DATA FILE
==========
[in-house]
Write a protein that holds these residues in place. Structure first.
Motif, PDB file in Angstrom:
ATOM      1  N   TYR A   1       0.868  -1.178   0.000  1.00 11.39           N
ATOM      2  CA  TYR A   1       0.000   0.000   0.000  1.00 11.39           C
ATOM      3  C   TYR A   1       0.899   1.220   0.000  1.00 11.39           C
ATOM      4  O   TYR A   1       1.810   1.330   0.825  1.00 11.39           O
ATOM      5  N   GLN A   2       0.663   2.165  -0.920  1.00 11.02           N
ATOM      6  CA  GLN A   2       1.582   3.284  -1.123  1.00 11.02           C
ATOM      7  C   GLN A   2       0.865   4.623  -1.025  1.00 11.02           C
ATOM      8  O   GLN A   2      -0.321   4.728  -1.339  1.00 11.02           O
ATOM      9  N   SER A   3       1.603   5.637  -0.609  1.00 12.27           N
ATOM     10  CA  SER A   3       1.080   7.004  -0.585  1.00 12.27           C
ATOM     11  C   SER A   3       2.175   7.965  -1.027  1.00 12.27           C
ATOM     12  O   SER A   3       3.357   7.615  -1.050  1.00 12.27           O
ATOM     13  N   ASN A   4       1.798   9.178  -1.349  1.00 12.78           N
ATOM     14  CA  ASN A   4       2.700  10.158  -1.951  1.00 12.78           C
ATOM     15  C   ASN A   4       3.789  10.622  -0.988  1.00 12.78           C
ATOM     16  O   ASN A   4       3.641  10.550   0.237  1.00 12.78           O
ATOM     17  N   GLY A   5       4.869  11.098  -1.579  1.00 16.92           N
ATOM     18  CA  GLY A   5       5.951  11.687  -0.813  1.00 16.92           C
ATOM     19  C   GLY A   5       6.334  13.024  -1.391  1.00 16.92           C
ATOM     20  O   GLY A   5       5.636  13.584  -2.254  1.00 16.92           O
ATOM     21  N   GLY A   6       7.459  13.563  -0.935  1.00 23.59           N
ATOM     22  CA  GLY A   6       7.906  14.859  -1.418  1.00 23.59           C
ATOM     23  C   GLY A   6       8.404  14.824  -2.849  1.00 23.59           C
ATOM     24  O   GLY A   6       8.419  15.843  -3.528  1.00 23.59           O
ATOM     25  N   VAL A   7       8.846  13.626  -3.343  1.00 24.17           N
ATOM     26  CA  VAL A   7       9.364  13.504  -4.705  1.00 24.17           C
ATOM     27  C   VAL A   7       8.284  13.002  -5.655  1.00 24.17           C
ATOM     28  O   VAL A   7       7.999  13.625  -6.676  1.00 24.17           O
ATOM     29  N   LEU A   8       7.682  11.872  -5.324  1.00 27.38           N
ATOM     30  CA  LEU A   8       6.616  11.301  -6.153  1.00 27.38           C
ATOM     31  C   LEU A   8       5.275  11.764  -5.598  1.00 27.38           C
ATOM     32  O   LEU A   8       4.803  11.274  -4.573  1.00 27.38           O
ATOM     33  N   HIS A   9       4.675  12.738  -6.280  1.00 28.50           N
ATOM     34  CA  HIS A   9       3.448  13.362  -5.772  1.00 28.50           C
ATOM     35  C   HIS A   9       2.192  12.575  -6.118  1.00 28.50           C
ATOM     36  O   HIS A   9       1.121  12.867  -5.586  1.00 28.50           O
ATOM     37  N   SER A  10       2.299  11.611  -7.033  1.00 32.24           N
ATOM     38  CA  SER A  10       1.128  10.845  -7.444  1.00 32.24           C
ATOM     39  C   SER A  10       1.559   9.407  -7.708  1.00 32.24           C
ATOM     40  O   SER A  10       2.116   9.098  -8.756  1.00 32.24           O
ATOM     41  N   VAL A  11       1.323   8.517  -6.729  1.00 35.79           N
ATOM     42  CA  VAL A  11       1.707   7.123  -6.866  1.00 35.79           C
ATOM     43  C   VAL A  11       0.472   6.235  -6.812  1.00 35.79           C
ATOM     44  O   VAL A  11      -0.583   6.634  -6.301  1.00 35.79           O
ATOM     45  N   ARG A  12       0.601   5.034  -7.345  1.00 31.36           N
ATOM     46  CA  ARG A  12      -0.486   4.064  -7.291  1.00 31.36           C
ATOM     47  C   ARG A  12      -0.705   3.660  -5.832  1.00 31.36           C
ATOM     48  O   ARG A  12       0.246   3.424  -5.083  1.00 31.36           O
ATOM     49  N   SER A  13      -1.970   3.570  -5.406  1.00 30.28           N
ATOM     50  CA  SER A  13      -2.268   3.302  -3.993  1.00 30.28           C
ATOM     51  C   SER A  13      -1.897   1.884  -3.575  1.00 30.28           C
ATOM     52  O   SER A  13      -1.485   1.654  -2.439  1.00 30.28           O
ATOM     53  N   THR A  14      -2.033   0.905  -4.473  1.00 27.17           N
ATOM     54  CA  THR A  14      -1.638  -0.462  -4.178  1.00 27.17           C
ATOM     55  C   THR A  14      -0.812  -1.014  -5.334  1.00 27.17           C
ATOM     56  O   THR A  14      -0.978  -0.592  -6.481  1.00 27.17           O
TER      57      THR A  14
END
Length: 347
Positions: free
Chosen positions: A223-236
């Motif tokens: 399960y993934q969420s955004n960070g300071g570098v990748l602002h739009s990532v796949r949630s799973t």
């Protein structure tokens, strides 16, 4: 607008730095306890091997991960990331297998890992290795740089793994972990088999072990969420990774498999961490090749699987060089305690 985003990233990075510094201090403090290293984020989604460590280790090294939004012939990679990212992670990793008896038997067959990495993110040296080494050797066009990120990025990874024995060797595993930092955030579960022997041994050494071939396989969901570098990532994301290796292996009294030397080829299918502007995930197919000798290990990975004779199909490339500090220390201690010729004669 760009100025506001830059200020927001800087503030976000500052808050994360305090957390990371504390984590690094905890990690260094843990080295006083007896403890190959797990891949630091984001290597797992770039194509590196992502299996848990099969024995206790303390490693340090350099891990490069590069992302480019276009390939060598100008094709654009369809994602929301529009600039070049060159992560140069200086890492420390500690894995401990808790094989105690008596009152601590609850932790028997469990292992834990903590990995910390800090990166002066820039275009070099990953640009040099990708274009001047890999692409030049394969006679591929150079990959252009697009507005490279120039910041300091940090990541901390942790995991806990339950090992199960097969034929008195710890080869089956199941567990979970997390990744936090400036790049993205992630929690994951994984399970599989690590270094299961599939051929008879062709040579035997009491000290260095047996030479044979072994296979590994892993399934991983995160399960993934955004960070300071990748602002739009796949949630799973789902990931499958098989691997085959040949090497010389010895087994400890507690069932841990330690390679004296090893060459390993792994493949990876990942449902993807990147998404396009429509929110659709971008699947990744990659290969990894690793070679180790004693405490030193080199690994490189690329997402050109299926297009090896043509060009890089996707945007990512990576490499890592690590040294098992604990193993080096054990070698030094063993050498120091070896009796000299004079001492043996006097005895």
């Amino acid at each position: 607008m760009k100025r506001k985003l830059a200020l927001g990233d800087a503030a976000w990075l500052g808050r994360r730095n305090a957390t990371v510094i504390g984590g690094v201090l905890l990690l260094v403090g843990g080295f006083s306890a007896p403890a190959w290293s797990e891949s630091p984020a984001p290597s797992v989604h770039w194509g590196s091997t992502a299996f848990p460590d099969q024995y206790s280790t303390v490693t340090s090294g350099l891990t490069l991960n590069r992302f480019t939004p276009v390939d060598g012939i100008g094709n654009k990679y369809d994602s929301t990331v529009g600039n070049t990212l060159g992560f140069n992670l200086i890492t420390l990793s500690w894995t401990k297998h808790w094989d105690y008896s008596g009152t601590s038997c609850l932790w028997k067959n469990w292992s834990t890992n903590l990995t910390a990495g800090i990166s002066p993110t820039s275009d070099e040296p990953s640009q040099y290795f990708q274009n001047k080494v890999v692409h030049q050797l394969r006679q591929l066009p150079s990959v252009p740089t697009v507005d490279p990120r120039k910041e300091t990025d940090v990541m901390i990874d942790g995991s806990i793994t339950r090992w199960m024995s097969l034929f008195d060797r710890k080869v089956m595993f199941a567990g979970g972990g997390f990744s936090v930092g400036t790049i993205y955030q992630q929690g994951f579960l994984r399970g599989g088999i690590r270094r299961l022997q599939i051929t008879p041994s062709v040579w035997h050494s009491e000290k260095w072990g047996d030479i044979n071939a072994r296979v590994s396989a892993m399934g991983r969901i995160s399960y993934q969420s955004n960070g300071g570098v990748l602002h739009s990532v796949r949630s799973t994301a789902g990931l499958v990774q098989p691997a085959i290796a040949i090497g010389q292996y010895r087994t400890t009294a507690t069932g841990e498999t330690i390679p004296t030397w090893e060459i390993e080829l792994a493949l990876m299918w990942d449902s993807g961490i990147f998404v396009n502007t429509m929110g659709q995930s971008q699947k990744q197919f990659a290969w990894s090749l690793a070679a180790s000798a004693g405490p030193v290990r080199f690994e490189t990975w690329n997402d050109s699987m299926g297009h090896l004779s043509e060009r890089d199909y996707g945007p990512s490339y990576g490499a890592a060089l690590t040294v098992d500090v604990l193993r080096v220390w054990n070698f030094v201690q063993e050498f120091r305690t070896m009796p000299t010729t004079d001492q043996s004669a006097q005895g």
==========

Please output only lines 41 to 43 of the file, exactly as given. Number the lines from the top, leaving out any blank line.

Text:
ATOM     38  CA  SER A  10       1.128  10.845  -7.444  1.00 32.24           C
ATOM     39  C   SER A  10       1.559   9.407  -7.708  1.00 32.24           C
ATOM     40  O   SER A  10       2.116   9.098  -8.756  1.00 32.24           O